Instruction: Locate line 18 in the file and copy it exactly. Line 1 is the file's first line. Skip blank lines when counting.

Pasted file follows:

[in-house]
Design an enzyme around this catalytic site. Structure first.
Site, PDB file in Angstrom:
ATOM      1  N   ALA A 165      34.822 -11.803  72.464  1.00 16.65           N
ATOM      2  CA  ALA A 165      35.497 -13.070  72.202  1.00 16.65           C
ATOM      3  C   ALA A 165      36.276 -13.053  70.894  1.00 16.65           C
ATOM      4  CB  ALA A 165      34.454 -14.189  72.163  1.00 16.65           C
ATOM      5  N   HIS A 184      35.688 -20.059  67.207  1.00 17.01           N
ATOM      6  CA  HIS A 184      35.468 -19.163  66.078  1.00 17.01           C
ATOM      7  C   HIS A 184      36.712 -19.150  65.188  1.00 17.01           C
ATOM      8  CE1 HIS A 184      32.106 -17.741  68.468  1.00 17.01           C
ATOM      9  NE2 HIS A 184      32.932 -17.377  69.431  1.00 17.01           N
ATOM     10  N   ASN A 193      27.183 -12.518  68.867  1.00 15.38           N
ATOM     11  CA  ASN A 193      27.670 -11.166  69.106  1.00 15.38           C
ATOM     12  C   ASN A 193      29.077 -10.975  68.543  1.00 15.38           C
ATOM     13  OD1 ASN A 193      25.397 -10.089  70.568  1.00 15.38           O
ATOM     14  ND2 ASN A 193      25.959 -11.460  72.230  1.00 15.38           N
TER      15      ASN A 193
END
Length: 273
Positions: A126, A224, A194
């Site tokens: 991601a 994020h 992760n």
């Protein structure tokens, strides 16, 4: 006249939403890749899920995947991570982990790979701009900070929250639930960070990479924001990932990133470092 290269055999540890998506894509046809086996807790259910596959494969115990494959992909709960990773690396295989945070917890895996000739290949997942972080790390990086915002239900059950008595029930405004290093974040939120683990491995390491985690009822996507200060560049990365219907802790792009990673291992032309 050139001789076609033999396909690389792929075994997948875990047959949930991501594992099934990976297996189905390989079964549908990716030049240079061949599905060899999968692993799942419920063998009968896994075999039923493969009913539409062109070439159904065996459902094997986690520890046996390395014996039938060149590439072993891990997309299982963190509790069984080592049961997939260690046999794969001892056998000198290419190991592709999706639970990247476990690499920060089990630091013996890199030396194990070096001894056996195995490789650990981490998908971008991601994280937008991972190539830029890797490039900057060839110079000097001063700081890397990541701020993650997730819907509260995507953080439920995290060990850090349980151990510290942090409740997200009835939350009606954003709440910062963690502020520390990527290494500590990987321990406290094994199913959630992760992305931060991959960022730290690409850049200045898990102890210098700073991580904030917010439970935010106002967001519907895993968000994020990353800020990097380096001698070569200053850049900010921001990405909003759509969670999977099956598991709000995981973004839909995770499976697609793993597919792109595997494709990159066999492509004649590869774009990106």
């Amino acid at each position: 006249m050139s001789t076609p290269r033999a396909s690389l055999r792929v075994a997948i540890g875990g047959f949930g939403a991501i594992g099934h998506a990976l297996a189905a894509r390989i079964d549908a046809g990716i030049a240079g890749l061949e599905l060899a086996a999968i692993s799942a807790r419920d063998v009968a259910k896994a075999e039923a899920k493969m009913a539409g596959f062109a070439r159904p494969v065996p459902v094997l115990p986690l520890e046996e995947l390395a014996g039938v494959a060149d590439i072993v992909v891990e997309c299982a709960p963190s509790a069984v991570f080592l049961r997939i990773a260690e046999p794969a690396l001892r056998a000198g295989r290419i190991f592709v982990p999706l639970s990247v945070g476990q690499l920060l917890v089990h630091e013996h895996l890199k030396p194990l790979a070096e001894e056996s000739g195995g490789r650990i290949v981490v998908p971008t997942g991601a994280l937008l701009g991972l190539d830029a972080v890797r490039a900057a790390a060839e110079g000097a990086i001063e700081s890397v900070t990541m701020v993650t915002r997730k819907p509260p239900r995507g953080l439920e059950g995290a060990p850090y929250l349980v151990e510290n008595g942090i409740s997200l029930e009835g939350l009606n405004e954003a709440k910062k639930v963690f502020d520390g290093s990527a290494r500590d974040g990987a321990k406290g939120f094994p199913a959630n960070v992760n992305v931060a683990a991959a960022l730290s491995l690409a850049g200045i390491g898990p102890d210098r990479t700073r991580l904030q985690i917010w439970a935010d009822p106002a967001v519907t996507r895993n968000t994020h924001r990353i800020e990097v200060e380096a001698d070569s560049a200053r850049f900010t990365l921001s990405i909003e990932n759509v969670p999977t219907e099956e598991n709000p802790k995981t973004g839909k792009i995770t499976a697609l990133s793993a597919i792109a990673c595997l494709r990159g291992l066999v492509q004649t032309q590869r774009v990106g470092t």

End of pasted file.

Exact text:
TER      15      ASN A 193